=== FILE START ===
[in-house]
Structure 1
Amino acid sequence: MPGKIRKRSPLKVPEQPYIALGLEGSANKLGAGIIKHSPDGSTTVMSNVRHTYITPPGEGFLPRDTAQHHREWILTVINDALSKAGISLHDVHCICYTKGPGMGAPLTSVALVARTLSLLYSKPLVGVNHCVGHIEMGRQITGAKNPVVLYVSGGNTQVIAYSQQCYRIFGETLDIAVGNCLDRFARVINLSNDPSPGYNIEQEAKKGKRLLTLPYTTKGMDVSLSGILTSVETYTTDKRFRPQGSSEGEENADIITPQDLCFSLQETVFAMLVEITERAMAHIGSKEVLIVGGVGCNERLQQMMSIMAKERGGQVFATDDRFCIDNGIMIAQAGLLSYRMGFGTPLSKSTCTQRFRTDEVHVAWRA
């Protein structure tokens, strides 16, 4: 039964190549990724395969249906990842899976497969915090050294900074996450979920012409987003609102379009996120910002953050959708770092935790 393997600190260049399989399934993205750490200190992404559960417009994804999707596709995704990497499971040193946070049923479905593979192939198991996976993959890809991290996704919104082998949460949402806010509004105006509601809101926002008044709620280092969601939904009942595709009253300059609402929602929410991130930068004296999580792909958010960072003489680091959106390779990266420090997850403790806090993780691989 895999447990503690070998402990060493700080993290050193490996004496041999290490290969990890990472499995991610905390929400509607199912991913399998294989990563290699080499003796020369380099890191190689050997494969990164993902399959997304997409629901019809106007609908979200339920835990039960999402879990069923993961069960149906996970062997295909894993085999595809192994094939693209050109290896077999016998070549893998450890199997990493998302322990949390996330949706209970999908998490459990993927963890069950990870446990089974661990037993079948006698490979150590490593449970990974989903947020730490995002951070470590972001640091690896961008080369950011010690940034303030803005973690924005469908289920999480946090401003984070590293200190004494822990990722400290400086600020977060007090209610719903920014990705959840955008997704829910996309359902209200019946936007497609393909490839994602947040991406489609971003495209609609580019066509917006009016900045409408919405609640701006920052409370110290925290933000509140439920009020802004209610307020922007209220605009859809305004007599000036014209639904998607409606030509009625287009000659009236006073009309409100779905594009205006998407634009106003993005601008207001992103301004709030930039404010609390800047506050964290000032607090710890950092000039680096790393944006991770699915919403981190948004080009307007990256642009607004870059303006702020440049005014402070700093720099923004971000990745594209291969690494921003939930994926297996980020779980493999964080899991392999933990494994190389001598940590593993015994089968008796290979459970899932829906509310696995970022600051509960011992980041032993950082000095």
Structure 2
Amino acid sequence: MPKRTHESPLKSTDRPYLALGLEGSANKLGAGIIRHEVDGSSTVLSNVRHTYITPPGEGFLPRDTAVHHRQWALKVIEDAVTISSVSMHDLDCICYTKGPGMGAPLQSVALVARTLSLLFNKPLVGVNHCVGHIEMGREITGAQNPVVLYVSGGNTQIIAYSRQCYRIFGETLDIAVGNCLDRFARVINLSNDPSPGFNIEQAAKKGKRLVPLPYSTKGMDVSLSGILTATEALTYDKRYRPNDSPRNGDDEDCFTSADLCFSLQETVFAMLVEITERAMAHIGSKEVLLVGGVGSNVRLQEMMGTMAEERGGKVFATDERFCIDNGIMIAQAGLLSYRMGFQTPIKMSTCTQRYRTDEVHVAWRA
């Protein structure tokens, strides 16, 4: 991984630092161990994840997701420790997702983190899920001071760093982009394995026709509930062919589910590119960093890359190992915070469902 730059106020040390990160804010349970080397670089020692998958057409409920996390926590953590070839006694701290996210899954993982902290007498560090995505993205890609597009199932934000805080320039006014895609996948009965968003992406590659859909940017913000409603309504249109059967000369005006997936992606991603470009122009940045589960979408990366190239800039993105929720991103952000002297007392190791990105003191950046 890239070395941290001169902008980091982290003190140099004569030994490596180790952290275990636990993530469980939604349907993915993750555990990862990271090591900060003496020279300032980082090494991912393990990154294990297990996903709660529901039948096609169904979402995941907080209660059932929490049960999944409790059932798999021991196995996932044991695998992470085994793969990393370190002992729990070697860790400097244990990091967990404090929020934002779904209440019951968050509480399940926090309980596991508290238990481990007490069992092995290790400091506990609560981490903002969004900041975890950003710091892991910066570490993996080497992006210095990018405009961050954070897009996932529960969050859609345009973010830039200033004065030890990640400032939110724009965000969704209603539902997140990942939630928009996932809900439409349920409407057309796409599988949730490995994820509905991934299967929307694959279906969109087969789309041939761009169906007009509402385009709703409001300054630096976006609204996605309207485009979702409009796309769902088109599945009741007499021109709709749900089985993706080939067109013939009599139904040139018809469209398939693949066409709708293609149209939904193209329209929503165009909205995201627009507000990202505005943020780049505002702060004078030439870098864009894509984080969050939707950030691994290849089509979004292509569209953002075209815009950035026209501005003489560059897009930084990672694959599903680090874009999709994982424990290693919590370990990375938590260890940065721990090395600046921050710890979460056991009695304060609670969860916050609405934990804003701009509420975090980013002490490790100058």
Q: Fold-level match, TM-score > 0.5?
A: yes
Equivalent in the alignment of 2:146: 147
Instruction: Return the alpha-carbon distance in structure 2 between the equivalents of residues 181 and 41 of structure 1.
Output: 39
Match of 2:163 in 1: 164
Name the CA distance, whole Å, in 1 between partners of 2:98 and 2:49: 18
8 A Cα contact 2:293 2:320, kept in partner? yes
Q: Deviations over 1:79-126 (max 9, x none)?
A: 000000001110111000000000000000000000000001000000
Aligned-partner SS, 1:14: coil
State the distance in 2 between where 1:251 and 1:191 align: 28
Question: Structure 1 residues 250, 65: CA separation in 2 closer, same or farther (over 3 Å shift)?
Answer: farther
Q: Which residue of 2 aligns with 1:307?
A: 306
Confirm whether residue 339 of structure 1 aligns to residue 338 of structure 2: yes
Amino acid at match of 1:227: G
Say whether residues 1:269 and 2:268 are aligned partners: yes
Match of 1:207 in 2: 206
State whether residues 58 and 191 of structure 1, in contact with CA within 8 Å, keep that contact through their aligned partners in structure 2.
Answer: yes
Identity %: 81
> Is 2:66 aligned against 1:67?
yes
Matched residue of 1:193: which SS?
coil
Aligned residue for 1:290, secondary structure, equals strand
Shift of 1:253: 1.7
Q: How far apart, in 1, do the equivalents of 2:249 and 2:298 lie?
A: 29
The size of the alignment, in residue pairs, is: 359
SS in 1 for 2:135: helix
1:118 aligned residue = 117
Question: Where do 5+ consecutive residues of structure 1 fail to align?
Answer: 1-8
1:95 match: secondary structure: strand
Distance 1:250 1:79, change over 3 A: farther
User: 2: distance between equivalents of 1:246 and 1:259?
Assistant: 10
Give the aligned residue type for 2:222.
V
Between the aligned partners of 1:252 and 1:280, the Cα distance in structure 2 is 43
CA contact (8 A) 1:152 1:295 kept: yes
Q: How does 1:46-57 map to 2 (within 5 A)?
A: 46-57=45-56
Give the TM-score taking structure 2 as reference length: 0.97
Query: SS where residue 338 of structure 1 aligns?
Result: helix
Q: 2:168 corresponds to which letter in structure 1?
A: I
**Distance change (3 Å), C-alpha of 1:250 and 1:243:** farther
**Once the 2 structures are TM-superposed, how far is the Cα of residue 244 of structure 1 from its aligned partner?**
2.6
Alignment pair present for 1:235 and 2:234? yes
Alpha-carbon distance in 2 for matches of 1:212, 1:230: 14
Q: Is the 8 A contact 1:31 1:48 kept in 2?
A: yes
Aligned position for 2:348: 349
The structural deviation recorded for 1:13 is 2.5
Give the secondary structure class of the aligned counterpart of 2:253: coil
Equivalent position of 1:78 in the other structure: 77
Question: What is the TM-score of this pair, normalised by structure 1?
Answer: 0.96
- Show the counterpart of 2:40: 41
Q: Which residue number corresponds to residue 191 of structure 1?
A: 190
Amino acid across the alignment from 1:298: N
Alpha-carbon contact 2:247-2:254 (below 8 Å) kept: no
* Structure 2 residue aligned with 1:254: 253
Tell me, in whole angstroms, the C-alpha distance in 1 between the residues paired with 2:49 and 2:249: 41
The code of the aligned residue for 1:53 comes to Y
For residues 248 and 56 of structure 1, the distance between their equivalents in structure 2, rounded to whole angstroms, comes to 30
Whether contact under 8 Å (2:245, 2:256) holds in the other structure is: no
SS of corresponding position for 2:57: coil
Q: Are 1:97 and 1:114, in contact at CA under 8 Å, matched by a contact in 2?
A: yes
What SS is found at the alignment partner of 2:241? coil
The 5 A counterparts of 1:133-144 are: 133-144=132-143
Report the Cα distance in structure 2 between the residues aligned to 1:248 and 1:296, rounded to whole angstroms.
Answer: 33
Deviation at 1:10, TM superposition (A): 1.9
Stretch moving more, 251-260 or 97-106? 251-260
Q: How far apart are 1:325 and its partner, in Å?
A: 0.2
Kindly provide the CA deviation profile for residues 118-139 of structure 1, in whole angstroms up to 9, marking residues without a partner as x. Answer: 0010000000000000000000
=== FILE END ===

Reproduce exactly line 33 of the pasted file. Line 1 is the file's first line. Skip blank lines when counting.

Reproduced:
Matched residue of 1:193: which SS?